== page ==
Frantic (Review)

franticWhen a renowned doctor and his wife visit France for a conference, a luggage mix-up discovered after they have checked in to their plush hotel seems like the only downside to a romantic working holiday.

But before Dr Richard Walker (Harrison Ford) can even pause to think about how they might find their own suitcase and return the wrong one in their possession, his wife Sondra abruptly goes missing.

No clue. No explanation. No note. Just gone.

When waiting doesn’t work, Walker leaves the hotel room and begins the unfamiliar process of finding a person in a foreign land with minimal clues and no obvious starting point.

The strength of Frantic is that we only see what Walker sees. There are no cutaways to a captive Sondra, no mysterious figures watching on from the shadows, and most importantly no cryptic messages or miraculous discoveries. We are as puzzled and oblivious to the truth as this man searching desperately for his missing wife. With precious little help and sympathy from the French Police, Walker must go out of his comfort zone to further his search.

Walker doesn’t always operate alone. After a while Walker meets beautiful French girl Michelle, and the two team up for a time to help each other. Michelle is rash and a little naive, and with her goals differing from Walker’s at times, she is occasionally as big an impediment as she is a help. But she sure is purty.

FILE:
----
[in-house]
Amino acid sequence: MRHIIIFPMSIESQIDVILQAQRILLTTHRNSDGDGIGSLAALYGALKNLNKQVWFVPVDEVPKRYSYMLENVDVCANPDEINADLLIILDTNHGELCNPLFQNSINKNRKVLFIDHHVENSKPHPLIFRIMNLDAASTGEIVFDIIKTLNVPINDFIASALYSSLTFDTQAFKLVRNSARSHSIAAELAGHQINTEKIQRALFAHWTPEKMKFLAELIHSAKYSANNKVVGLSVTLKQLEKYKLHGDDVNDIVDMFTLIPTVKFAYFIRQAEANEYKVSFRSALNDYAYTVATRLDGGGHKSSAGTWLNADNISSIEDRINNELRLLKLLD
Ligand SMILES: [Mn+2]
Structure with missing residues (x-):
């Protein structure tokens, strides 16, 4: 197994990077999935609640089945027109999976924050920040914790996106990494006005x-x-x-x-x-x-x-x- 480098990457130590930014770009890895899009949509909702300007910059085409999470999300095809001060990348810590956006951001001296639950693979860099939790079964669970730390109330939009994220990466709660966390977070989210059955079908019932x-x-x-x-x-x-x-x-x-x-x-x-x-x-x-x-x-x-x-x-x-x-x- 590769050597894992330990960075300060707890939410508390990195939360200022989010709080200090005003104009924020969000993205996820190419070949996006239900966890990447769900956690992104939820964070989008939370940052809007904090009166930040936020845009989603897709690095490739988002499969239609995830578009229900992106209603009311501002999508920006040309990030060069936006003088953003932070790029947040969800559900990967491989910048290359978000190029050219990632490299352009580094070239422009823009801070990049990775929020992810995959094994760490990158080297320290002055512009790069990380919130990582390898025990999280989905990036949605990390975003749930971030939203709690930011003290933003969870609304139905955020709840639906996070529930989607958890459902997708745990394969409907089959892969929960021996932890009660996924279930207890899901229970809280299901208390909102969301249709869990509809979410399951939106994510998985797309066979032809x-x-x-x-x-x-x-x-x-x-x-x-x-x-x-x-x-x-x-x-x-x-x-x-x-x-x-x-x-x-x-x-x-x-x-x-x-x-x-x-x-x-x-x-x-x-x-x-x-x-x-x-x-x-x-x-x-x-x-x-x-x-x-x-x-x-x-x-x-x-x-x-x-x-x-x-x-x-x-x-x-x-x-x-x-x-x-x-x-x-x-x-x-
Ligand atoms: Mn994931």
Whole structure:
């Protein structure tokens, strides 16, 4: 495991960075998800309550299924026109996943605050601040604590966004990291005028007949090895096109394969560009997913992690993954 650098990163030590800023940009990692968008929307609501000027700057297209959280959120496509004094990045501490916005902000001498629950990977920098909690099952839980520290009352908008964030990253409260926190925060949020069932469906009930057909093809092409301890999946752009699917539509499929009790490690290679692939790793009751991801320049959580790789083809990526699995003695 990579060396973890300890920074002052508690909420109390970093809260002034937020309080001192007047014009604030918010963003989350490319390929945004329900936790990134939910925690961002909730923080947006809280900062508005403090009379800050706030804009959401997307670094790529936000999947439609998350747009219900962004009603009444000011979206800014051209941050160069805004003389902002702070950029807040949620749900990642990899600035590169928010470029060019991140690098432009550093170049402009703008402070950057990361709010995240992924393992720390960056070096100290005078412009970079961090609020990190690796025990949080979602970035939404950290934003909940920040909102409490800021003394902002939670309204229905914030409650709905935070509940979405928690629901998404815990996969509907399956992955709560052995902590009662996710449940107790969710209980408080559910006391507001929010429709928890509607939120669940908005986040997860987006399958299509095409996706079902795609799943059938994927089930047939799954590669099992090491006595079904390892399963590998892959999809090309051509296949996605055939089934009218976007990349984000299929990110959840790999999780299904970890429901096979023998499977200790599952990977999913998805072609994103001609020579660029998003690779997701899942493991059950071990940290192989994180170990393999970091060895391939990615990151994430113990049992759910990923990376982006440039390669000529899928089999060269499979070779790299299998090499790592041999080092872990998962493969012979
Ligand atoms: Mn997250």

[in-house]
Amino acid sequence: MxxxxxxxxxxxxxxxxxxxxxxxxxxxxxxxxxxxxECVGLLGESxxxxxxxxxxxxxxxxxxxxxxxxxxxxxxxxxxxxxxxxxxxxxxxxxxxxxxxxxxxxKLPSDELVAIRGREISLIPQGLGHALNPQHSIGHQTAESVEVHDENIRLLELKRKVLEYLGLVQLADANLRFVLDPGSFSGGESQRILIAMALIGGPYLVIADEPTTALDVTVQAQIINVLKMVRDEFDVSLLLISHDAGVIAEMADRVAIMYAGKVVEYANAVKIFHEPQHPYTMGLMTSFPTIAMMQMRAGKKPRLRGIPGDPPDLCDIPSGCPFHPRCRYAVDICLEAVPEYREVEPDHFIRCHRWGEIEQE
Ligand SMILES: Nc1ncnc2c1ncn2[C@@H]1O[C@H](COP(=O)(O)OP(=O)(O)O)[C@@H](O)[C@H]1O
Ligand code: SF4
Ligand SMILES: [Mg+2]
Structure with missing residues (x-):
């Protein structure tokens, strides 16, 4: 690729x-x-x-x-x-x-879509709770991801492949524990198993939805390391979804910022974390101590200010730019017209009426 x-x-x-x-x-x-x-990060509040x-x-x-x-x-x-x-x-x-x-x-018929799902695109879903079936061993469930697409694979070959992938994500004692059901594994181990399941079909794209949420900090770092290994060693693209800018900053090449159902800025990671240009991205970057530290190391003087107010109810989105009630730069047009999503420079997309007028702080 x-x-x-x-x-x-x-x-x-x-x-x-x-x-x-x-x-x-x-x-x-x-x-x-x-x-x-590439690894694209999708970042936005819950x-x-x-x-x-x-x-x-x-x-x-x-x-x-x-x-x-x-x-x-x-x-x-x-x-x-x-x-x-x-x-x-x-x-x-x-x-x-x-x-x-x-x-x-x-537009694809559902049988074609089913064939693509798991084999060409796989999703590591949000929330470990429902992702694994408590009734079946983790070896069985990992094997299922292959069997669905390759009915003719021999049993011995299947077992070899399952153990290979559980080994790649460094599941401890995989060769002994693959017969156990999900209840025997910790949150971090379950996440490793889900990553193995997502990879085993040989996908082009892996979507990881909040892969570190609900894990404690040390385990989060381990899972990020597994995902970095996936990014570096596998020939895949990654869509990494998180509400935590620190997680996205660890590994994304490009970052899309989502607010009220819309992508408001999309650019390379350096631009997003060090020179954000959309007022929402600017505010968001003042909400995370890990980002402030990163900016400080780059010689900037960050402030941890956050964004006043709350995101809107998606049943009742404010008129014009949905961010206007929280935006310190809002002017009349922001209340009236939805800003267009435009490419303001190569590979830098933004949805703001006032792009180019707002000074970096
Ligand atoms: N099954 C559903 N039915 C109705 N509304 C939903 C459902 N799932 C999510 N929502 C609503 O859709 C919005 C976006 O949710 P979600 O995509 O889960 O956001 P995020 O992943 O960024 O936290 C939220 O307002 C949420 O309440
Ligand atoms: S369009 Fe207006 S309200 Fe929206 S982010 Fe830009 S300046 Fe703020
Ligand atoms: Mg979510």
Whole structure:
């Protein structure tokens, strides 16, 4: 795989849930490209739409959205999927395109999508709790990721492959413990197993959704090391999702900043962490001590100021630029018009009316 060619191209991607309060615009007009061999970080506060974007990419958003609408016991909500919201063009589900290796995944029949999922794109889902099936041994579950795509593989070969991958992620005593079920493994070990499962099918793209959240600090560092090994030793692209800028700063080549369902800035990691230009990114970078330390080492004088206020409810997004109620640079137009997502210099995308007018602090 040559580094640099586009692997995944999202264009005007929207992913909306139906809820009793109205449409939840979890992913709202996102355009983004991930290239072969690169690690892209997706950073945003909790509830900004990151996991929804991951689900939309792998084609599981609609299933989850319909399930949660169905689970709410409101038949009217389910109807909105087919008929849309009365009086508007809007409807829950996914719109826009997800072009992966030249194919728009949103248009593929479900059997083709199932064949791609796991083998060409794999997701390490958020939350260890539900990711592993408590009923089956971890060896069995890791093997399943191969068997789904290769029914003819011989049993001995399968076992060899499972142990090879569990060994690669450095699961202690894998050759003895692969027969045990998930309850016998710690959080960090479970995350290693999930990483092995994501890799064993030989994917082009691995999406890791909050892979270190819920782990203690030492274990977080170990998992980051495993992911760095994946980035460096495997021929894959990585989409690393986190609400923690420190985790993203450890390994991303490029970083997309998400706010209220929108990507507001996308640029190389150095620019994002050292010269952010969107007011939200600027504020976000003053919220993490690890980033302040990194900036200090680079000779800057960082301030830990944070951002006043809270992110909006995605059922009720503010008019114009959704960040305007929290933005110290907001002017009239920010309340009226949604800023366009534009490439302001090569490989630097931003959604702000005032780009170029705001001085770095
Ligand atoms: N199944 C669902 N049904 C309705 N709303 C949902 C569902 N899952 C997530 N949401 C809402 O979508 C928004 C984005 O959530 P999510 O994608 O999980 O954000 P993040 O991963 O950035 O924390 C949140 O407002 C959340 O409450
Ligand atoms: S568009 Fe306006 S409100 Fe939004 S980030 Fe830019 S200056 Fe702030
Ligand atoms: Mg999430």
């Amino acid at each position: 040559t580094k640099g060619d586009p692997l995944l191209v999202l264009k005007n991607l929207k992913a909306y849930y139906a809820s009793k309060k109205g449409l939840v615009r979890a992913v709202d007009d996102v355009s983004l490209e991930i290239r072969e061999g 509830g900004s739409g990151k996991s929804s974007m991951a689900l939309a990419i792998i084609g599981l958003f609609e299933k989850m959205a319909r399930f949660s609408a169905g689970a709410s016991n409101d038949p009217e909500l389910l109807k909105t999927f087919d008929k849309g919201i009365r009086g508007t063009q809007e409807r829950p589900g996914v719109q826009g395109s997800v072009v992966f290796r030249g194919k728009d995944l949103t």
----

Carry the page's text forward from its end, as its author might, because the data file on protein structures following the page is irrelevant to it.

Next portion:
The title Frantic refers more to Walker’s state of mind than the action. For the most part this film is hardly action packed. But by deliberately withholding information it is always interesting, especially as the truth is so very hard to predict anyway.

The acting is also good. Ford is clearly in his safe zone as Walker, needing only look perpetually concerned and frustrated in a role that is essentially “Give me back my wife”.
Frantic arrived after Witness and The Mosquito Coast and is better than both by far, without the gimmicky use of the Amish in Witness, and the obnoxious central character of the latter.

Final Rating – 7.5 / 10. This is a classy drama that demands and rewards your attention, and might be Harrison Ford’s best non-franchise effort.

About OGR

While I try to throw a joke or two into proceedings when I can all of the opinions presented in my reviews are genuine. I don't expect that all will agree with my thoughts at all times nor would it be any fun if you did, so don't be shy in telling me where you think I went wrong... and hopefully if you think I got it right for once. Don't be shy, half the fun is in the conversation after the movie.
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